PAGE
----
MPs and rights groups have called on police services and private companies across the UK to “immediately stop” using live facial recognition surveillance systems in public spaces. In a joint call to action published by civil liberties campaign group Big Brother Watch, the groups cite “serious concerns” about “incompatibility with Human Rights”, the “lack of an evidence base”, “discriminatory impact” and the “lack of a democratic mandate” for facial recognition surveillance.
Senior MPs across parties including David Davis, Shadow Home Secretary Diane Abbott, Liberal Democrat leader Jo Swinson and the Green Party’s Caroline Lucas are among Parliamentarians backing the call. They join 25 rights, race equality and expert technology groups in calling for face surveillance to be urgently halted in the UK.
The call follows revelations of the surveillance being used in privately-owned public spaces, including the King’s Cross Estate in London, Meadowhall Shopping Centre in Sheffield, the World Museum in Liverpool and at Birmingham’s Millennium Point Centre.
Big Brother Watch estimates that “tens of millions” of people have been scanned by facial recognition surveillance cameras in the UK without knowing about it and their images compared with those stored on “secret watch lists”.
The Metropolitan Police Service has used facial recognition surveillance ten times across London since 2016, including twice at the Notting Hill Carnival. In 2017, the force controversially used the technology on Remembrance Sunday to identify innocent people thought to have mental health problems.
An independent review into the use of live facial recognition commissioned by the Metropolitan Police Service found that, over the four-year trials, 81% of ‘matches’ had wrongly identified innocent people as ‘wanted’. The review concluded that it was “highly possible” the force’s use of the technology would be found unlawful if challenged in a Court of Law.
Big Brother Watch initiated a crowdfunded legal challenge against the Metropolitan Police Service and the Home Secretary for their “lawless” use of facial recognition surveillance last year. The case has been paused pending the Metropolitan Police Service’s decision about its future use of the technology (which is yet to be published).
Campaigners are concerned that a recent unsuccessful legal challenge against the use of live facial recognition by South Wales Police could lead to further use of facial recognition by both the police and private companies.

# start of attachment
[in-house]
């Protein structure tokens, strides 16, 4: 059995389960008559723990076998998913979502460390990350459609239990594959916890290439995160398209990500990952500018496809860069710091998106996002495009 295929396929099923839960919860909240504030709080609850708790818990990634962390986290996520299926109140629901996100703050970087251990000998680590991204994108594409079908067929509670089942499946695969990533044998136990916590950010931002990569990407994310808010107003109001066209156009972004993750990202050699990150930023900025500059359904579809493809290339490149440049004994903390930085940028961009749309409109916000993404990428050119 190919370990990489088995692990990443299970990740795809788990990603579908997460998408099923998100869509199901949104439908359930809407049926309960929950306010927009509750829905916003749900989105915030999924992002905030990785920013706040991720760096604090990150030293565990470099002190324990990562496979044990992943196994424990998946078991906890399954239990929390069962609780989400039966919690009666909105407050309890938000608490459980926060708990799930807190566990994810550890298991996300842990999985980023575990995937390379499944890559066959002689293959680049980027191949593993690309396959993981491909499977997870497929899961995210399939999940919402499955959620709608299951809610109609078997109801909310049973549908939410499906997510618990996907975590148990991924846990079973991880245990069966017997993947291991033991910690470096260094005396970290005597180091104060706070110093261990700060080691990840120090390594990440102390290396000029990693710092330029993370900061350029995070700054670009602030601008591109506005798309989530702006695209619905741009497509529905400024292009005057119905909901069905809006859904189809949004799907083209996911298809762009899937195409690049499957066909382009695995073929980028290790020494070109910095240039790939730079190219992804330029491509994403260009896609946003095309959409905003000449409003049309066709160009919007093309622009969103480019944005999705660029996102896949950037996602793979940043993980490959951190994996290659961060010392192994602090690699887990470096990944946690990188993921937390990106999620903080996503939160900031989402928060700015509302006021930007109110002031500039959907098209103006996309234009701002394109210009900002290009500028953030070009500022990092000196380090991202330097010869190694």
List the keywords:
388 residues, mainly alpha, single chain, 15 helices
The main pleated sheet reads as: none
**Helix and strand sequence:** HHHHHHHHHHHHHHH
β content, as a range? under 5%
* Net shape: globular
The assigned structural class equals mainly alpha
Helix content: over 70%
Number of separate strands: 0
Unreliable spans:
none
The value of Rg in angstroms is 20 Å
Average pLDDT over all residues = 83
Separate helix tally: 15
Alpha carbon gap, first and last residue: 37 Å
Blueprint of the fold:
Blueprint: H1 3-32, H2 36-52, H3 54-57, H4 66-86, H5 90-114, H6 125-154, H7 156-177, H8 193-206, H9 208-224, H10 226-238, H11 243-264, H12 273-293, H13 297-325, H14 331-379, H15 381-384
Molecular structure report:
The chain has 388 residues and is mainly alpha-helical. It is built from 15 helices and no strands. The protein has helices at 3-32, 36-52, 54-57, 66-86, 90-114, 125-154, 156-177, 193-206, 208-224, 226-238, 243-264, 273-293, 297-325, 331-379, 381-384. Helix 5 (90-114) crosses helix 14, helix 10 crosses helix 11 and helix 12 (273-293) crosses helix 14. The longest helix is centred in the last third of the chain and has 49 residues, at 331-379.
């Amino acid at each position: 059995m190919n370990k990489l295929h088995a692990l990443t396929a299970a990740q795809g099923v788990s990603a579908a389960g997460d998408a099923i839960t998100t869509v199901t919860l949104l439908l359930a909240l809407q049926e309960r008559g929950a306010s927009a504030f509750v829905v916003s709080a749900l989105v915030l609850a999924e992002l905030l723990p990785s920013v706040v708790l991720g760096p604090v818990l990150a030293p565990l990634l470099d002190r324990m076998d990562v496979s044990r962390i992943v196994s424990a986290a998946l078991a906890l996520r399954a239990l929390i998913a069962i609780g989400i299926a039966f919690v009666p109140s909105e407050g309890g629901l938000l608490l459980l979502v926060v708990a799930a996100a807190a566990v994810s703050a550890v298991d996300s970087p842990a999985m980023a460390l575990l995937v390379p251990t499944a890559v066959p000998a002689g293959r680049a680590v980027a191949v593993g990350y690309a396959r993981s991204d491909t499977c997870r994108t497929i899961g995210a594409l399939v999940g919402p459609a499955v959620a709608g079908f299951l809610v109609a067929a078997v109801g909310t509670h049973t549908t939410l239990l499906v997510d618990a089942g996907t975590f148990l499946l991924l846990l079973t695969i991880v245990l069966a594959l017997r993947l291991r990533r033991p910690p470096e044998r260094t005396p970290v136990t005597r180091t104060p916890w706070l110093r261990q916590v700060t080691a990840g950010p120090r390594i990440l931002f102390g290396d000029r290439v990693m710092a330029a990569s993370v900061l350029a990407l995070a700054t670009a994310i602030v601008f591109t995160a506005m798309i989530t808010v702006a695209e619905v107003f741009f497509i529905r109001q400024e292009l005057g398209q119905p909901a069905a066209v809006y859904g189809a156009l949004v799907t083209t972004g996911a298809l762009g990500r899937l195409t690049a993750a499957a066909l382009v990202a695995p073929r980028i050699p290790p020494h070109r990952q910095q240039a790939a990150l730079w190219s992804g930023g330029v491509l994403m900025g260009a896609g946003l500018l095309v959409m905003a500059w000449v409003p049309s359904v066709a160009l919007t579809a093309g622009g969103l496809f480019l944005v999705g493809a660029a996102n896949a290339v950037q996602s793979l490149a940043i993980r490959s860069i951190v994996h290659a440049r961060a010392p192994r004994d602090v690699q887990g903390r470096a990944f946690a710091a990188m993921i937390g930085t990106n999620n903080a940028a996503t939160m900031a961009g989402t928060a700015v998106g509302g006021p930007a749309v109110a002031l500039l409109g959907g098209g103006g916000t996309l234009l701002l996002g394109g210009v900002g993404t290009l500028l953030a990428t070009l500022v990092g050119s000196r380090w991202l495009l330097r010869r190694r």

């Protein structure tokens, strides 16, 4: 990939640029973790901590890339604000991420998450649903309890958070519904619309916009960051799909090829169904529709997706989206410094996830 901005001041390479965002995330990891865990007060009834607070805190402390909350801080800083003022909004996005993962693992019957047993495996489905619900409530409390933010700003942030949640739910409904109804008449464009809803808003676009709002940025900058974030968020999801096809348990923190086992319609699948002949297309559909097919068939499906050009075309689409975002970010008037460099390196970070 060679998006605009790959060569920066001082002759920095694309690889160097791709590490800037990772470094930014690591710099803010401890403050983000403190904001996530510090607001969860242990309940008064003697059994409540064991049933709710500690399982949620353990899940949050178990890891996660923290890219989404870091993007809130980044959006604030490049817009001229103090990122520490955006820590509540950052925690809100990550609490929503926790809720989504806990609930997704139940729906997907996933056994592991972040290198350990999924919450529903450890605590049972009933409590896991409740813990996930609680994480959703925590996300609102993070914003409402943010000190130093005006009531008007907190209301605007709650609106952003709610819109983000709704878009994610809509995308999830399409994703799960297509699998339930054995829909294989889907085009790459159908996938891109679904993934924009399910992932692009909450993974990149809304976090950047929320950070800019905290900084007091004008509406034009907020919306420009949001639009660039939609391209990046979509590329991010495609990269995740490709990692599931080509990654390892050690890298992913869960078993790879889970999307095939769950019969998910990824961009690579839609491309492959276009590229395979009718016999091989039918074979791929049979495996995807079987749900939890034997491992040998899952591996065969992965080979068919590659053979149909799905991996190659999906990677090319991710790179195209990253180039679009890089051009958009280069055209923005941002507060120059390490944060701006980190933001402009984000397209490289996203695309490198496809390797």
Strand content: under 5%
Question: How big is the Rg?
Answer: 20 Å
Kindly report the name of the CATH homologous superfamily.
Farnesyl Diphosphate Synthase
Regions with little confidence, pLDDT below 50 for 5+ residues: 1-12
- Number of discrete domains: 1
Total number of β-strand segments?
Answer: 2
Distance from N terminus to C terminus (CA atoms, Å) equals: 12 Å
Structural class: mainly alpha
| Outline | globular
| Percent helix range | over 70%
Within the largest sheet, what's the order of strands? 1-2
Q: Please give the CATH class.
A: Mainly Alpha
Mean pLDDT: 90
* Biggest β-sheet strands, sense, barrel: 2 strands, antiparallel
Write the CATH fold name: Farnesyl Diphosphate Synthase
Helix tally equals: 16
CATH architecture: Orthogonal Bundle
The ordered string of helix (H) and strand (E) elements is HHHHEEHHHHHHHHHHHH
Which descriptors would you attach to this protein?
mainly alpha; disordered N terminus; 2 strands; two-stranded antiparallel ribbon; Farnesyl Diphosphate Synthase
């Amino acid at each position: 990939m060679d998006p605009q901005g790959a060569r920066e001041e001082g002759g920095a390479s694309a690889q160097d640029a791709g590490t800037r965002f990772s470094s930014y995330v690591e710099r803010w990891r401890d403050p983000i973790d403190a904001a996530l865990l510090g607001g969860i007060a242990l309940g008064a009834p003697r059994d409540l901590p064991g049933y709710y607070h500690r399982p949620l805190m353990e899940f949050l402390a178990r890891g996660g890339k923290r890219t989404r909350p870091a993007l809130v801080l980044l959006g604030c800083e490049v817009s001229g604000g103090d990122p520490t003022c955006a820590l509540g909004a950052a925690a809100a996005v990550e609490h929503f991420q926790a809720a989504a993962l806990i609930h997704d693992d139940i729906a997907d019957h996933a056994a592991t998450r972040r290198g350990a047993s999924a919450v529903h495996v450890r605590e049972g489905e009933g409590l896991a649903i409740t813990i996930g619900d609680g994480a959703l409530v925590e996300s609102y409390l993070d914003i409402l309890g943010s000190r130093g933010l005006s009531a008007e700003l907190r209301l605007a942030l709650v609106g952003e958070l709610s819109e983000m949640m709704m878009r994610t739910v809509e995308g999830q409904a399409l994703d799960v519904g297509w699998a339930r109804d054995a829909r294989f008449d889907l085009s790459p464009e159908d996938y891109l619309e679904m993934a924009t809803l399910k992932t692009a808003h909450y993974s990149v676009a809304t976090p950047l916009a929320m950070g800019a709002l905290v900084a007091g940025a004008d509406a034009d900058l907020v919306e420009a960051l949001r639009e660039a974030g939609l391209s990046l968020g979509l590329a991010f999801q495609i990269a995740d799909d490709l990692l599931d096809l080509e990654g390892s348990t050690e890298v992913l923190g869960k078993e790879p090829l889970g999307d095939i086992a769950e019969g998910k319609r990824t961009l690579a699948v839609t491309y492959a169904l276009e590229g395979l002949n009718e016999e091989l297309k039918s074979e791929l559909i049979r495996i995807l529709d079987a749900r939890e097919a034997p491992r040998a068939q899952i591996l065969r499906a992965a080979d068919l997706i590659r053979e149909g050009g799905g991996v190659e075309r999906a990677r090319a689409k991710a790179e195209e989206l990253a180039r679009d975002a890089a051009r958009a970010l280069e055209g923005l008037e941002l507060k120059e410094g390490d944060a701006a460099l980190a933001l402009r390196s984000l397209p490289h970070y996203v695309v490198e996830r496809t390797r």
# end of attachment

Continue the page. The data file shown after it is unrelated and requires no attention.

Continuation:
South Wales Police has used live facial recognition since 2017, including at an anti-arms fair demonstration and a Champions League football match. Over 2,500 spectators were wrongly identified by the technology as being wanted individuals.
Three cities in the US – San Francisco, Oakland and Somerville – have passed legislative bans on the use of live facial recognition surveillance, while California is presently on the brink of passing a state-wide ban.
Face surveillance “epidemic”
Silkie Carlo, director of Big Brother Watch, said: “No other European country has a face surveillance epidemic like the UK, aligning us with the likes of China rather than our democratic counterparts. The British public do not want to be ‘walking ID cards’ subjected to a constant police line-up. Tens of millions of people will now have been scanned by facial recognition cameras in this country, yet very few of us even know about it. The secret growth of this dangerous mass surveillance tool is undemocratic and unacceptable. There must be an urgent stop to this privacy disaster before it’s too late.”
David Davis added: “Police use of facial recognition is potentially a serious invasion of individual privacy and civil liberties. We need a proper legal framework fit for these emerging technologies to balance policing effectiveness and privacy. There must be an immediate halt to the use of these systems to give Parliament the chance to debate it properly and establish proper rules for the police to follow.”
Anna Bacciarelli, technology and Human Rights advisor at Amnesty International, commented: “Facial recognition systems pose serious threats to Human Rights including the rights to privacy, non-discrimination, freedom of expression, association and assembly. Yet this technology is being used across the UK without adequate oversight and accountability. Given the huge risks to Humjan Rights, we urgently need a public debate about how and why this technology is being used and who stands to benefit from its use. Until the Human Rights risks are addressed, facial recognition systems have no place in our public spaces.”